Tuesday’s performance highlights included JD Parran’s quartet, introducing me to an incredible pianist, Vejay Iyer. I asked Parran about him, and Parran told me that “He’s going places. In fact, he’s already there.” I asked Iyer if he were related to famous Indian carnatic vocal dynasty of the same name, and he smiled indulgently, saying probably somewhere. Parran has his own disc out, and also is part of the amazing New Winds trio along with fellow multi-reedmaster Ned Rothenberg and flutist Robert Dick, with discs on Victo and Sound Aspects. Daniel Carter joined Boston violinist Jonathan LaMaster’s group Saturnalia, his horns giving solidity to the string-based Saturnalia’s ethereality. Their beautifully packaged 7″ unintentially became part of the visual art presentations at the Vision festival. For sale at the artists’ counter, this disc is immediately striking to the eye: a corrugated paper square (I chose the only black one, others were grey and red) and two beautiful inserts wrapped with a violin string, I assume one used by LaMaster. [Saturnalia SLRV 1001, about fourteen minutes.] Sounding like chamber music in texture, but jazz in tonalities and spontaneity, I asked LaMaster if indeed it were all improvised. He replied, “All free-improv, but many have commented that it seems composed, as the strings function as one unit rather than three. Most importantly, what do you think?” There’s the other important theme of Vision: the audience responding as it will, rather than being pre-prorgrammed. Look for an upcoming Carter-Saturnalia CD, on LaMaster’s Sublingual label.
Poet Amiri Baraka was equalled by his wife Amina, and although his work is still strong, he’s slipping into too-easy clichés despite saying a lot of what needs to be said; there were too many rhymes designed to sound clever without being so. Backed ably by bassist Wilber Morris and saxist Herbie Morgan, Baraka gave a good show. I first encountered him live, many years ago at the Frederick Douglass’ annual Black Roots Festival at the Ethical Culture Society. I was not looking forward to hearing him then, as he was subbing for an ill Jimmy Baldwin, and I had only known his Black Nationalist and sometimes racist work. He won me over that night with a long piece that covered the whole range of the Black diaspora with humor, both cutting and warm, blaming and loving all in the sad story of our history. At an Ayler tribute a few years ago at Washington Square Church, Baraka was absolutely riveting, accompanied fine musicians and they spurred each other on. This night, Amina Baraka, having an accent and style reminiscent of Thulani Davis (I’m supposing, because of age, Amina came first) performed poetry that in text and delivery had wit, warmth and soul.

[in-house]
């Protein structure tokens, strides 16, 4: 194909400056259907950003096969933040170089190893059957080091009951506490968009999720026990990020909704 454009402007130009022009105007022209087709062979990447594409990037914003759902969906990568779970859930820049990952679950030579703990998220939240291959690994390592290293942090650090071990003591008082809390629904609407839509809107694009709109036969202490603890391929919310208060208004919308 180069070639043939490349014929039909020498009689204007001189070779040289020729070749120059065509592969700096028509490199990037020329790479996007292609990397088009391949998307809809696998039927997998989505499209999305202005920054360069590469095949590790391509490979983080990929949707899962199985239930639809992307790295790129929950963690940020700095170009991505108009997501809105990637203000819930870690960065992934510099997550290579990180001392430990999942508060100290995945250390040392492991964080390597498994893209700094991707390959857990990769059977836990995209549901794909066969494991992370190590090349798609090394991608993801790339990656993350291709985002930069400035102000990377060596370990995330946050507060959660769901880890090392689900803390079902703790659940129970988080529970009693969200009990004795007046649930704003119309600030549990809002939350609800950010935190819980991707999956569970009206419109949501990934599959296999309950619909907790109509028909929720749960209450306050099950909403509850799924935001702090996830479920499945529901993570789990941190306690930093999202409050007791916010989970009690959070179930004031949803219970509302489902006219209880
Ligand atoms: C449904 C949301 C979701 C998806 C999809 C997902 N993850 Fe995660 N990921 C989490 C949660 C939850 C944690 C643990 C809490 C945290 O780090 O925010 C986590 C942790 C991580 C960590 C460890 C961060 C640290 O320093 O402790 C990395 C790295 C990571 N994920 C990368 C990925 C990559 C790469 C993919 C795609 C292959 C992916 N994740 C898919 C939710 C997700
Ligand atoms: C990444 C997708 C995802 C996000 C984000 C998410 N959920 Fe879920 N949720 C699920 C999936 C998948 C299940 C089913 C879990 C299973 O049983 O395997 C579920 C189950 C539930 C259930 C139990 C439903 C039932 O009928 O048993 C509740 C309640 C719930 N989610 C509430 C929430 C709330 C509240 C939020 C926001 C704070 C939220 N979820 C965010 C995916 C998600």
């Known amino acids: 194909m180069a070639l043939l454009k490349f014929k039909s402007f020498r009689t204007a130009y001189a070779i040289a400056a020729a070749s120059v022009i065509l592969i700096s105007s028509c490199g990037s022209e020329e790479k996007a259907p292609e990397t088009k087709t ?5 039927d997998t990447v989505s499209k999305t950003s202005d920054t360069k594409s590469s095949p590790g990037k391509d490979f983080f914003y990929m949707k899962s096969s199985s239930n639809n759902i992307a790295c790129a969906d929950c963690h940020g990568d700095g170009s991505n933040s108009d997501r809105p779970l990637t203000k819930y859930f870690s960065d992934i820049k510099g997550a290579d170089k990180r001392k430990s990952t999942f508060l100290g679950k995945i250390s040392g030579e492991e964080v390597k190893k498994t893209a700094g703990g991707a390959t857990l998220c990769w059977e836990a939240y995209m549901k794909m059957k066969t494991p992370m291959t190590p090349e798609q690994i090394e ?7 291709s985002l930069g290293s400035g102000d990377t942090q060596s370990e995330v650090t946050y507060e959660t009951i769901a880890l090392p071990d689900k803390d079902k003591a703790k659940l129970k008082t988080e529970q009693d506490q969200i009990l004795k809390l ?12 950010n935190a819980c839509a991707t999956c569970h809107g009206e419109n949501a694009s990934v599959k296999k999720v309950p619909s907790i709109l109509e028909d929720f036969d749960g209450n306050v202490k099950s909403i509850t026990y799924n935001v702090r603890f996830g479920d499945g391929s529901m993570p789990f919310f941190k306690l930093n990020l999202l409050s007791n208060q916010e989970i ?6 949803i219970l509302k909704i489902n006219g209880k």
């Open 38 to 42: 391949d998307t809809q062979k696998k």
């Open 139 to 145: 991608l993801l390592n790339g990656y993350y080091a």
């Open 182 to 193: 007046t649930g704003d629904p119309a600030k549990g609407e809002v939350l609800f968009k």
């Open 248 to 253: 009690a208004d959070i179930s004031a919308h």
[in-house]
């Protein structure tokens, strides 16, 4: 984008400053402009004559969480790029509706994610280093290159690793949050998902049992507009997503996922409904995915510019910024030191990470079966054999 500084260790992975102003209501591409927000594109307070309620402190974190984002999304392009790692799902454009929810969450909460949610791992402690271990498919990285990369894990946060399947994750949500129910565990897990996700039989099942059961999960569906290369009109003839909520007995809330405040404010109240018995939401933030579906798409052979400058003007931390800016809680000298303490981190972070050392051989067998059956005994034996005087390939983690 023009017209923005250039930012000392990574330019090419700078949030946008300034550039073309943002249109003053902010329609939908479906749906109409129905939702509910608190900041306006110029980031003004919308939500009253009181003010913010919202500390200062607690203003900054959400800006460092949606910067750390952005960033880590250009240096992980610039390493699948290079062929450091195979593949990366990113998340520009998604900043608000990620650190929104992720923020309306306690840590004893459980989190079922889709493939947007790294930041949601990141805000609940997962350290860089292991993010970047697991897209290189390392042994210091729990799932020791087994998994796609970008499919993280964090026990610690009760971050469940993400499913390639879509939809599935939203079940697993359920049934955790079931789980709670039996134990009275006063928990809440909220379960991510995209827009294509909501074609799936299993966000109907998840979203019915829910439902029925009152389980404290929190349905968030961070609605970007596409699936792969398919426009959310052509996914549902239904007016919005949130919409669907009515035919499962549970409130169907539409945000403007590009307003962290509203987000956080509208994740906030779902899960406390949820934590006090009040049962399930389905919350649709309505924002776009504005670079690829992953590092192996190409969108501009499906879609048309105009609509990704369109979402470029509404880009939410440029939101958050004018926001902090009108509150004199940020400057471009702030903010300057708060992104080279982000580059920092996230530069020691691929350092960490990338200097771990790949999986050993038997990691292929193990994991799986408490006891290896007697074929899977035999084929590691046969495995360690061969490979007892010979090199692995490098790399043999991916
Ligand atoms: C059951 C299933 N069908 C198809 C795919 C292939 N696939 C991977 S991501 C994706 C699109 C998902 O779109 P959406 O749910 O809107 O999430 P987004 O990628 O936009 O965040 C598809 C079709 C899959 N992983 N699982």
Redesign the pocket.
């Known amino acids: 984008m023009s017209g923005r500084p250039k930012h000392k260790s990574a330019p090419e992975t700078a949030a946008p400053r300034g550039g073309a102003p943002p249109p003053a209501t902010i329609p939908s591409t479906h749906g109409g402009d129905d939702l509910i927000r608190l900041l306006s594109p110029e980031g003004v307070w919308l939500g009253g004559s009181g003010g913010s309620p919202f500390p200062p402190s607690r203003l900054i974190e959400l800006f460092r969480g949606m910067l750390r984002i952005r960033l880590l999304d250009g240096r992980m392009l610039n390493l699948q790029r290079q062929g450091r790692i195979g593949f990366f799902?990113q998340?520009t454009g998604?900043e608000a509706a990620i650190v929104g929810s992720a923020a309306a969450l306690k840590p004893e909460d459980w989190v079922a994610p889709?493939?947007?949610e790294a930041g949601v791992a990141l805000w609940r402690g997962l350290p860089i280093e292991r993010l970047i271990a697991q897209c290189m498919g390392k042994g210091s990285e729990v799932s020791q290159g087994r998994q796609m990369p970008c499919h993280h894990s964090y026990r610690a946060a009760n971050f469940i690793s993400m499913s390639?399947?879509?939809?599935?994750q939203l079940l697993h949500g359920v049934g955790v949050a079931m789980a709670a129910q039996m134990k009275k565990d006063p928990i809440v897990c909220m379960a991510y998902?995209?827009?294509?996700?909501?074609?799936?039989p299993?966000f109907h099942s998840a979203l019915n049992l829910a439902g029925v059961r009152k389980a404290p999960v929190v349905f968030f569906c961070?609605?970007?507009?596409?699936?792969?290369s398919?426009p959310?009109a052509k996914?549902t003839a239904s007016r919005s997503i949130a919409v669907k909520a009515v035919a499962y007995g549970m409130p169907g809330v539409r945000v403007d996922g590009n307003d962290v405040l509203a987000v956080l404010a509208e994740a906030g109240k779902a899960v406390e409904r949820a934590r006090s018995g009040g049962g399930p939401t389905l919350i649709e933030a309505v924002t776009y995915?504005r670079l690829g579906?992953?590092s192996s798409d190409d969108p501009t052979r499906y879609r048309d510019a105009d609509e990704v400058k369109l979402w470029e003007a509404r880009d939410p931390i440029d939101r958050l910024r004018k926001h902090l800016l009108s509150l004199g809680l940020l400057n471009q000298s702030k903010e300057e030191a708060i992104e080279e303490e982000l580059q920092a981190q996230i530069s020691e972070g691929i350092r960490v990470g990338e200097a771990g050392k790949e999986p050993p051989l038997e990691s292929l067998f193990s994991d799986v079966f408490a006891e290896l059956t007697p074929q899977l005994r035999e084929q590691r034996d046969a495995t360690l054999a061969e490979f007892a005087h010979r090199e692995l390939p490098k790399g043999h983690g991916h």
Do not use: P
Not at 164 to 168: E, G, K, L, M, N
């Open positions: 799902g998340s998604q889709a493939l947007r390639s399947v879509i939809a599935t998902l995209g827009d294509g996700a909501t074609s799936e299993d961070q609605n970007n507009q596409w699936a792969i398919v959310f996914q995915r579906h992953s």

Wednesday, the Crispell-Hemingway-Dresser trio was solid, which is no slur on these long-term collaborators and for a decade, the other three-quarters of Anthony Braxton’s quartet. Next was Arthur Brooks Ensemble V and the Giants of Sciants, which began with trumpeter Brook’s clarion from offstage, Matthew Westin’s rattles sounding like nuts going down a pipe. The dancers interacted with each other as if they were living sculptures. The piece seemed to be about control and trust, and also about forces trying to harm them. Joseph Jarman’s quintet, including Myra Melford and Alan Silva on an undermiked bass, began with poetry, then unison horns, Jarman sounding like a cross between Ayler and Barbieri (both first appeared here on ESP-disk, remember.) After turning to harmonium, Jarman chanted a mantra, imploring the audience to “chant with us,” which we did, making a major noise. Jarman sprinkled the room with sound from his long, wooden Tibetan trumpet, then a shenai. Silva, feeling the spirit, rocked his bass back and forth against the bow; this was a rocking piece.
Thursday again began with another classic group doing well what it does best, Die Like a Dog, featuring Peter Brötzmann, William Parker, and Toshinori Kondo. The treat for me, though, were the next two groups of younger players, some previously unknown to me, but it won’t stay that way. Ori Kaplan’s quartet was a find. His alto sax tone was lush and beautiful, often subtle, using changes of volume. He seems to bring out the best in the players he surrounds himself with. Pianist Andrew Bemkey also had a rich tone, and even when he was all over the keyboard like a swarm of bees, he didn’t sound like CT or Crispell. Bassist Tom Abbs buoyed the group without walking; the group didn’t need that. He also played didgeridoo it in its traditional use as a voice modifier, but in the jazz context. Abbs was not out to merely impress that he knows how to blow the immense tube, the way too many do. Drummer Geoff Mann made sheets of thunder on the cymbals in the one total improv piece, while Abbs simultaneously growled on didj and bass. After, Abbs told be, “It’s the texture, man!” The quartet played a loud, fast piece, rounding off the set to a turn. Kaplan is a good program-builder.